Remains of third horse found at Pompeii villa

The skeleton of a horse who died wearing an elaborate harness and saddle have been unearthed at an elite villa on the outskirts of Pompeii. This is the third set of horse remains discovered at the estate north of the city walls, the first of which was the first confirmed horse ever found at Pompeii.

Excavations began last March as an emergency response to looting activity. Tunnels dug underneath the villa by thieves were endangering the archaeological material. The dig brought to light a series of service areas of the grand suburban villa with artifacts preserved in exceptional condition. Amphorae, cooking utensils, even parts of a wooden bed were recovered, and a plaster cast was made of the entire bed.

One of the service areas that could be identified is the stable. Archaeologists unearthed the first horse lying on its side and were able to make a plaster cast from the cavity the horse’s body had left in the hardened volcanic rock. They then unearthed the legs of a second horse. This year the team excavated the rest of the stable, revealing the rest of the remains of the second horse and the skeleton of a third complete with its harness.

The former was found lying on its right side, skull on top of the left front leg. It was next to charred wood pieces from a manger (also cast in plaster). The position suggests that the poor horse was tied to it and could not get away when Vesuvius’ pyroclastic fury hit the stable. The third horse was found on its left side, an iron bit clenched between its teeth. The looting tunnels exposed the cavity and cementified it made it impossible to make a plaster cast of it.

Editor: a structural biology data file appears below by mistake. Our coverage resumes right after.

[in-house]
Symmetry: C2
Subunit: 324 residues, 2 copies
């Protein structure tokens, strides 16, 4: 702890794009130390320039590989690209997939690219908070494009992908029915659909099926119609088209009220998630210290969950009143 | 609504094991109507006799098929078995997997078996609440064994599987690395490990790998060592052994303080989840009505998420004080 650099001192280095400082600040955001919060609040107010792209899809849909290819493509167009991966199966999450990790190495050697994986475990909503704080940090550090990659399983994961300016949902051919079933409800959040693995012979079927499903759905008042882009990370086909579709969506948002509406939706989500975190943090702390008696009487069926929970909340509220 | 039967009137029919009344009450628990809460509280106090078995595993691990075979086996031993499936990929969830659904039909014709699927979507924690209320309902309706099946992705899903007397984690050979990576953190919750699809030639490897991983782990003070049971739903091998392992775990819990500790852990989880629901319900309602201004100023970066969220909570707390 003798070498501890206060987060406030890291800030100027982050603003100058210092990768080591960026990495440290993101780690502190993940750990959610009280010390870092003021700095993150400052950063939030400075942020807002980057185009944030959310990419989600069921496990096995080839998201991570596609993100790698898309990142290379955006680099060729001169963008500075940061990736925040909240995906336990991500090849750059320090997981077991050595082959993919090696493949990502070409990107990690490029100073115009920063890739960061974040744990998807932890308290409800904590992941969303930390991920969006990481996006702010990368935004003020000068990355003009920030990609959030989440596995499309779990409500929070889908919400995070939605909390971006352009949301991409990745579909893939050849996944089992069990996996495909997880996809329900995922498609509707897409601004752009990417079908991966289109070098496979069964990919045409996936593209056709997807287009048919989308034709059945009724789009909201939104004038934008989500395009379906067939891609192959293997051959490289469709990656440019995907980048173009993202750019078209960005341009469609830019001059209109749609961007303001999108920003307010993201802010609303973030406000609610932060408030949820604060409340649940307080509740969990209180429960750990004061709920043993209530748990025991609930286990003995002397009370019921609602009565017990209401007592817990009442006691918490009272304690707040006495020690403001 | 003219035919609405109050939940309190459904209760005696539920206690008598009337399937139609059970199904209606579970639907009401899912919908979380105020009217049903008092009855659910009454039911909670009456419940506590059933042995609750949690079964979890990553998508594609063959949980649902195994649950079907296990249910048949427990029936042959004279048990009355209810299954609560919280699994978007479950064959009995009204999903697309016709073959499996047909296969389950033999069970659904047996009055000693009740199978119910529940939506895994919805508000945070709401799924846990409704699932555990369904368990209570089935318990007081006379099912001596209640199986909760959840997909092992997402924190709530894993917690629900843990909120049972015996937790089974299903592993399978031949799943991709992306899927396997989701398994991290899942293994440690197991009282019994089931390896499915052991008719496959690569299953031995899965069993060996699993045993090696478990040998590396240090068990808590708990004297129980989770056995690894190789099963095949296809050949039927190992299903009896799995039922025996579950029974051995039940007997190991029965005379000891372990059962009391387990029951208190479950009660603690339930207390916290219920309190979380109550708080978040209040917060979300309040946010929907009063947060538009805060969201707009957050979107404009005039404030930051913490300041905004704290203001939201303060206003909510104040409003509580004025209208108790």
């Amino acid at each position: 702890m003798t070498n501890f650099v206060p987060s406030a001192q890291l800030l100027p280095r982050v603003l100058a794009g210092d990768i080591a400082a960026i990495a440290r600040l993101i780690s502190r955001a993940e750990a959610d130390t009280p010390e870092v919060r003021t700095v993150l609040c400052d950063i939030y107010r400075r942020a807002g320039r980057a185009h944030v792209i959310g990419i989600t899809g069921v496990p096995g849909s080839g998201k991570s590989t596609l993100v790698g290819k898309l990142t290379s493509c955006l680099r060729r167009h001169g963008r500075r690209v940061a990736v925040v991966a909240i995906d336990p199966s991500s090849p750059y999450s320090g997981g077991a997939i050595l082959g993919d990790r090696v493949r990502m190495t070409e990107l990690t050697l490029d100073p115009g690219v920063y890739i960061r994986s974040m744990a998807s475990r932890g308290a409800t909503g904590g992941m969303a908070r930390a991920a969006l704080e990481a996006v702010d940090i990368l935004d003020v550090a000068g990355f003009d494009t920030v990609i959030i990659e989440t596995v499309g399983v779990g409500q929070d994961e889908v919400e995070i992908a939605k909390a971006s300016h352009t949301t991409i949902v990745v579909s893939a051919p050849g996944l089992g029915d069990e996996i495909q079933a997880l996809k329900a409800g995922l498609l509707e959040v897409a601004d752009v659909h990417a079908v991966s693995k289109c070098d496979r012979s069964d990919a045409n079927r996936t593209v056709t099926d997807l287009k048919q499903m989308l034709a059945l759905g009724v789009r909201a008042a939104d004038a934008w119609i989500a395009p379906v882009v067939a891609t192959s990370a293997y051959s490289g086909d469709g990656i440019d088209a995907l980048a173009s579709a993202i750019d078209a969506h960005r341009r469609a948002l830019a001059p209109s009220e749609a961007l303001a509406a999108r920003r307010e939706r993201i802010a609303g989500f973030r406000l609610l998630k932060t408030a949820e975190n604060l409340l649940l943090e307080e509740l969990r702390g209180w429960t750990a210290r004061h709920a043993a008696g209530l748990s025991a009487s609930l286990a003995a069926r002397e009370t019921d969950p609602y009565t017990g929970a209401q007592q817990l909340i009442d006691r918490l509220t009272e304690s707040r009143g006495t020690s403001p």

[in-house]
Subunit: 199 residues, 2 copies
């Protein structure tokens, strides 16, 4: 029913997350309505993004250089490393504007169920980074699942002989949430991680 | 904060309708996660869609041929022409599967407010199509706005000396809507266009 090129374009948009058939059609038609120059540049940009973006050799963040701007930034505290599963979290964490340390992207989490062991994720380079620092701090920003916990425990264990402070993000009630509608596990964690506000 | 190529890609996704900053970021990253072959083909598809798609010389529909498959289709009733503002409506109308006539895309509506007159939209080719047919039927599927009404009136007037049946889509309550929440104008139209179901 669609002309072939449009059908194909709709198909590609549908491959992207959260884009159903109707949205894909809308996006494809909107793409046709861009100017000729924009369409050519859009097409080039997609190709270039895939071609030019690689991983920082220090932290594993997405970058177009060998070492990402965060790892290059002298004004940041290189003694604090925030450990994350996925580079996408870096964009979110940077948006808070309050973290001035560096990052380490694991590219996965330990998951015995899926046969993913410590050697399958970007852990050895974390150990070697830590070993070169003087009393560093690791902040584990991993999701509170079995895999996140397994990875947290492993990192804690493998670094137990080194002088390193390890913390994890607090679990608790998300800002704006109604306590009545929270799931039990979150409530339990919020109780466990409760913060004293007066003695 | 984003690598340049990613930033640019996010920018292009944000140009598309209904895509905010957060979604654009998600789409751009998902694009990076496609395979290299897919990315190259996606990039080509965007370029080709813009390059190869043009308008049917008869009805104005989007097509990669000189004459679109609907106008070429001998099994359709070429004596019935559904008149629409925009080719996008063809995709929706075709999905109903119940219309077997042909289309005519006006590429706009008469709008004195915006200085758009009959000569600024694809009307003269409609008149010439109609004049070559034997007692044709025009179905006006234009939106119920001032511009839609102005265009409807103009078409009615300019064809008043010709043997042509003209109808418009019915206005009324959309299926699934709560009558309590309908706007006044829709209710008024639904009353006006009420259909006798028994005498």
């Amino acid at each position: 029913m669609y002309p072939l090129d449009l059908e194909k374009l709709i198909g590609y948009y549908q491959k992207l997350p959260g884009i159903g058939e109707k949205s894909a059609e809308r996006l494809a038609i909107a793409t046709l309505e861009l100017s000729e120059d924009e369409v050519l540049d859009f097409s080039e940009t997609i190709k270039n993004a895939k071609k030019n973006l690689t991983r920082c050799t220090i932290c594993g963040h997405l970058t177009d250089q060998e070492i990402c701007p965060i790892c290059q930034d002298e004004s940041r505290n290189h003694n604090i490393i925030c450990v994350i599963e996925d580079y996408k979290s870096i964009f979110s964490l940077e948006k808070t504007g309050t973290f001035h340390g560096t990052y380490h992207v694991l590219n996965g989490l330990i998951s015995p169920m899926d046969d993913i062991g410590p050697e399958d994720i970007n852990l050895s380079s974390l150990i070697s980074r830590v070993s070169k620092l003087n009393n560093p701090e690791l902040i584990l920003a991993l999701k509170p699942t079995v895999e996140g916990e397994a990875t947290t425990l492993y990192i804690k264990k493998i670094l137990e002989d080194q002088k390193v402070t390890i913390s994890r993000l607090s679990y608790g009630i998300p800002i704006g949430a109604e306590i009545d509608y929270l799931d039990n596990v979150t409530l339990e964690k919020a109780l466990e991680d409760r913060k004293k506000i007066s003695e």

The excavation of the third horse revealed five bronze objects: four wood pieces of half-moon shape coated in bronze found on the ribs, one bronze piece made of three hooks riveted to a ring connected to a disc. It was found under the belly near the front legs. The shapes and design of these parts suggest they were part of a saddle that is described in ancient sources. It was a wooden structure with four horns, two in the front, two in the rear, covered with bronze plates. This firm saddle gave the rider stability in an era before stirrups.

Saddles of this kind were used from the early imperial era particularly by members of the military. The ring junction, four for each harness, were used to connect leather straps to the saddle horns. This was rich, expensive tack that would have belonged to someone of very high rank. The artifacts found strongly indicate that this horse belonged to a Roman military officer and had been saddled likely in the hope of escaping the eruption. Vesuvius got to human and equines before they had a chance.